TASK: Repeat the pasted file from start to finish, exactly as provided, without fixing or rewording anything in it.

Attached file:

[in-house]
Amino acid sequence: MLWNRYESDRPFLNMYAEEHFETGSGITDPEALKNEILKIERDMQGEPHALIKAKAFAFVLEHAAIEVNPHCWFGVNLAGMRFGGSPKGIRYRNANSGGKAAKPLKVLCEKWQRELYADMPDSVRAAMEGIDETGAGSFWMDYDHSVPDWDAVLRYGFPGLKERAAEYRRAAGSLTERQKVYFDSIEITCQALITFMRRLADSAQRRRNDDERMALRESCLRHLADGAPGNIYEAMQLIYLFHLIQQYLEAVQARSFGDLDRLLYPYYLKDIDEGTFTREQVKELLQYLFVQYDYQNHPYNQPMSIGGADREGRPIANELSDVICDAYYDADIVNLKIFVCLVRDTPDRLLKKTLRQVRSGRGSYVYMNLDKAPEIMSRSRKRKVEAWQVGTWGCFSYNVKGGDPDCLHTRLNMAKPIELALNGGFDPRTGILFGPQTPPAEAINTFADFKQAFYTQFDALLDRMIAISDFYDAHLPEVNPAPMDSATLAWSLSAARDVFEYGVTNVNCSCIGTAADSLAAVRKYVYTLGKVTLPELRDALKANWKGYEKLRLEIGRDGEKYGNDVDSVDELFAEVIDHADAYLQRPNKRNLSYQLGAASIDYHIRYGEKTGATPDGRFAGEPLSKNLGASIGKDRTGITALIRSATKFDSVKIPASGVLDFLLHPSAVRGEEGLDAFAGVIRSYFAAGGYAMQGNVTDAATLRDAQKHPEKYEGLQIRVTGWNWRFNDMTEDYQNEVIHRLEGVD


[in-house]
Amino acid sequence: MLWNRYESDRPFLNMYAEEHFETGSGITDPEALKNEILKIERDMQGEPHALIKAKAFAFVLEHAAIEVNPHCWFGVNLAGMRFGGSPKGIRYRNANSGGKAAKPLKVLCEKWQRELYADMPDSVRAAMEGIDETGAGSFWMDYDHSVPDWDAVLRYGFPGLKERAAEYRRAAGSLTERQKVYFDSIEITCQALITFMRRLADSAQRRRNDDERMALRESCLRHLADGAPGNIYEAMQLIYLFHLIQQYLEAVQARSFGDLDRLLYPYYLKDIDEGTFTREQVKELLQYLFVQYDYQNHPYNQPMSIGGADREGRPIANELSDVICDAYYDADIVNLKIFVCLVRDTPDRLLKKTLRQVRSGRGSYVYMNLDKAPEIMSRSRKRKVEAWQVGTWGCFSYNVKGGDPDCLHTRLNMAKPIELALNGGFDPRTGILFGPQTPPAEAINTFADFKQAFYTQFDALLDRMIAISDFYDAHLPEVNPAPMDSATLAWSLSAARDVFEYGVTNVNCSCIGTAADSLAAVRKYVYTLGKVTLPELRDALKANWKGYEKLRLEIGRDGEKYGNDVDSVDELFAEVIDHADAYLQRPNKRNLSYQLGAASIDYHIRYGEKTGATPDGRFAGEPLSKNLGASIGKDRTGITALIRSATKFDSVKIPASGVLDFLLHPSAVRGEEGLDAFAGVIRSYFAAGGYAMQGNVTDAATLRDAQKHPEKYEGLQIRVTGWNWRFNDMTEDYQNEVIHRLEGVD